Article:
Car Safety Tips

Car Safety Tips

Nobody used to care about car safety, now it’s on all of our minds.

Over the last few years, there has been a growing interest in car safety. Technologies such as airbags, anti-lock brakes, and stability management systems, have become more and more common and are now standard or available on almost every car sold in North America.

As with most other technologies, these safety systems were first introduced in higher-end models, eventually tricking down to more mainstream automobiles.

What makes a car safe?

There are two types of safety systems in every car. First, we have active safety systems. These devices are designed to get us out of trouble and avoid an accident in the first place. Anti-lock brakes, traction control, and stability systems are active safety systems as they can help us before an accident even occurs.

The second type is known as passive safety systems. A passive safety system protects us once a vehicle has been engaged in an accident. These include airbags, seatbelts, and crumple zones.

Airbags, seatbelts and other passive safety systems must work together. Airbags, for example, do little to help you unless you’re wearing a seatbelt. Seatbelts are considered the foundation of passive safety.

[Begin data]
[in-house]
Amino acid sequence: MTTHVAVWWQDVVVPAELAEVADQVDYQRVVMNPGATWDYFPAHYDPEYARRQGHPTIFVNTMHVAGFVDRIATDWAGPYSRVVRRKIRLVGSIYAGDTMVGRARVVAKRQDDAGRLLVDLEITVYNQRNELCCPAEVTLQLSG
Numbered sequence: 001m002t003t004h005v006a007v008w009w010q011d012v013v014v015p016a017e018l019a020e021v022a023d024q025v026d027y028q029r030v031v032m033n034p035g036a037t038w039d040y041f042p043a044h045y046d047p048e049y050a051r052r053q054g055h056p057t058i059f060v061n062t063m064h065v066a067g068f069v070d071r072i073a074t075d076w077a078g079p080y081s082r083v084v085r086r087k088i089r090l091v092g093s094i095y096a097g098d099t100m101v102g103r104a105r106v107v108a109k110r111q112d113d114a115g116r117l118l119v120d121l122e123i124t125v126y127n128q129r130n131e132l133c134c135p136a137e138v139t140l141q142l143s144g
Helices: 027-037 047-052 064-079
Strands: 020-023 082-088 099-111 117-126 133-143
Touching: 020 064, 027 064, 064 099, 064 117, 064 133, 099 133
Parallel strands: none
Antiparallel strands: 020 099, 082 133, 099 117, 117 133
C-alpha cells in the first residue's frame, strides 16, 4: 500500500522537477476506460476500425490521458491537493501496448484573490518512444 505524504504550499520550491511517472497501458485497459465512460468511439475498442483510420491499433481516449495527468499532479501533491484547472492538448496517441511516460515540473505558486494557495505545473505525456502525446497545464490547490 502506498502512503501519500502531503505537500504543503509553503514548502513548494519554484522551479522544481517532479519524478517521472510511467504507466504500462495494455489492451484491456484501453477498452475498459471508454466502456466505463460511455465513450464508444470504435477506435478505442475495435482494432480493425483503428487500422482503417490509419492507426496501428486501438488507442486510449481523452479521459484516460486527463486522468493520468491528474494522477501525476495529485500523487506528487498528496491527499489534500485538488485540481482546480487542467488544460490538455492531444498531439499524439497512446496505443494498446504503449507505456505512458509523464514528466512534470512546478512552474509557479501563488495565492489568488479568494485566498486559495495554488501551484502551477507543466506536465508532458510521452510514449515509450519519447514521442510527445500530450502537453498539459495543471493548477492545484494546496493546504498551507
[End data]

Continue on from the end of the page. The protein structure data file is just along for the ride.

The root of a truly safe car lies in its structure and design. High-strength steel can reduce the chance of an impact intruding on the passenger compartment, reducing the chances of serious injury.

Smart design will distribute the energy from an impact around the passenger cell, rather than directly into it. The goal is to reduce the deformation of the passenger compartment. High strength steel is very effective at keeping the passenger compartment of an SUV intact during a rollover.

Most European companies such as Audi, BMW, Mercedes-Benz, Saab, Volvo, and Volkswagen, have been using high strength steel such as Boron for a while.

As car safety has become a selling feature, more manufacturers are adopting the use of Boron steel as it is much stronger than conventional steel and allows seatbelts, airbags and other passive safety devices to work more effectively.

Overall, a safe car is useless unless it is operated by a safe driver. No system, no matter how advanced, can compensate for an alert driver behind the wheel.


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